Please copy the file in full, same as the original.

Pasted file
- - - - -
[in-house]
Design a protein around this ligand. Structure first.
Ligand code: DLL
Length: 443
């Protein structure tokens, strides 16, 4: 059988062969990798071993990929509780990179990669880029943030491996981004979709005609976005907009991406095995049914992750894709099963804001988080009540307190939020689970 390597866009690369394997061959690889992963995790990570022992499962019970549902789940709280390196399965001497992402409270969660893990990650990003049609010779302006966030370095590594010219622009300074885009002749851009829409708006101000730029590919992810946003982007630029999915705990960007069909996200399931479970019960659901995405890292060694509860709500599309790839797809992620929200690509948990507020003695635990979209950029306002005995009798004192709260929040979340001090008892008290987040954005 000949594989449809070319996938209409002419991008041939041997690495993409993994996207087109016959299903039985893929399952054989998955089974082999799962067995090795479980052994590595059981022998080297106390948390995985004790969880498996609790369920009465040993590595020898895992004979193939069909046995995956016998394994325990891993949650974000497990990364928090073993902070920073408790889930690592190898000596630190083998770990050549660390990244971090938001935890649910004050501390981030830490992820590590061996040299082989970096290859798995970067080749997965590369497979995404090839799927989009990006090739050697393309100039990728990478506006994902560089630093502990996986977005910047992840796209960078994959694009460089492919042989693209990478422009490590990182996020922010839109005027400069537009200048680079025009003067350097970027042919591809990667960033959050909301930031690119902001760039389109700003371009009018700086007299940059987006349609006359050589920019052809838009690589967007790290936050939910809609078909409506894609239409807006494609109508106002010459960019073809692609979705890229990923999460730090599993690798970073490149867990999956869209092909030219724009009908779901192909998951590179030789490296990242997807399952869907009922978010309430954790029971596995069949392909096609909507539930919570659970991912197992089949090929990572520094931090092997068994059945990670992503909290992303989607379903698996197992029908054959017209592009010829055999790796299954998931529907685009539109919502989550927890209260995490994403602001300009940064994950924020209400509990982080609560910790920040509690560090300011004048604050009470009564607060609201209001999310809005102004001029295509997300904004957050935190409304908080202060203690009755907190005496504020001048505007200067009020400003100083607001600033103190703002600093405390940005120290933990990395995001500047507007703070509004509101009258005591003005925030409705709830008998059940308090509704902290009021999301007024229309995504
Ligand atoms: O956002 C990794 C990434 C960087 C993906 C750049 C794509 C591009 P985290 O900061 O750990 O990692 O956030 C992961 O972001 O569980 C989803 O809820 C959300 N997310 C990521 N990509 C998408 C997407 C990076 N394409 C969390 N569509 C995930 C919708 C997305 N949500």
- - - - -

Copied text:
[in-house]
Design a protein around this ligand. Structure first.
Ligand code: DLL
Length: 443
């Protein structure tokens, strides 16, 4: 059988062969990798071993990929509780990179990669880029943030491996981004979709005609976005907009991406095995049914992750894709099963804001988080009540307190939020689970 390597866009690369394997061959690889992963995790990570022992499962019970549902789940709280390196399965001497992402409270969660893990990650990003049609010779302006966030370095590594010219622009300074885009002749851009829409708006101000730029590919992810946003982007630029999915705990960007069909996200399931479970019960659901995405890292060694509860709500599309790839797809992620929200690509948990507020003695635990979209950029306002005995009798004192709260929040979340001090008892008290987040954005 000949594989449809070319996938209409002419991008041939041997690495993409993994996207087109016959299903039985893929399952054989998955089974082999799962067995090795479980052994590595059981022998080297106390948390995985004790969880498996609790369920009465040993590595020898895992004979193939069909046995995956016998394994325990891993949650974000497990990364928090073993902070920073408790889930690592190898000596630190083998770990050549660390990244971090938001935890649910004050501390981030830490992820590590061996040299082989970096290859798995970067080749997965590369497979995404090839799927989009990006090739050697393309100039990728990478506006994902560089630093502990996986977005910047992840796209960078994959694009460089492919042989693209990478422009490590990182996020922010839109005027400069537009200048680079025009003067350097970027042919591809990667960033959050909301930031690119902001760039389109700003371009009018700086007299940059987006349609006359050589920019052809838009690589967007790290936050939910809609078909409506894609239409807006494609109508106002010459960019073809692609979705890229990923999460730090599993690798970073490149867990999956869209092909030219724009009908779901192909998951590179030789490296990242997807399952869907009922978010309430954790029971596995069949392909096609909507539930919570659970991912197992089949090929990572520094931090092997068994059945990670992503909290992303989607379903698996197992029908054959017209592009010829055999790796299954998931529907685009539109919502989550927890209260995490994403602001300009940064994950924020209400509990982080609560910790920040509690560090300011004048604050009470009564607060609201209001999310809005102004001029295509997300904004957050935190409304908080202060203690009755907190005496504020001048505007200067009020400003100083607001600033103190703002600093405390940005120290933990990395995001500047507007703070509004509101009258005591003005925030409705709830008998059940308090509704902290009021999301007024229309995504
Ligand atoms: O956002 C990794 C990434 C960087 C993906 C750049 C794509 C591009 P985290 O900061 O750990 O990692 O956030 C992961 O972001 O569980 C989803 O809820 C959300 N997310 C990521 N990509 C998408 C997407 C990076 N394409 C969390 N569509 C995930 C919708 C997305 N949500």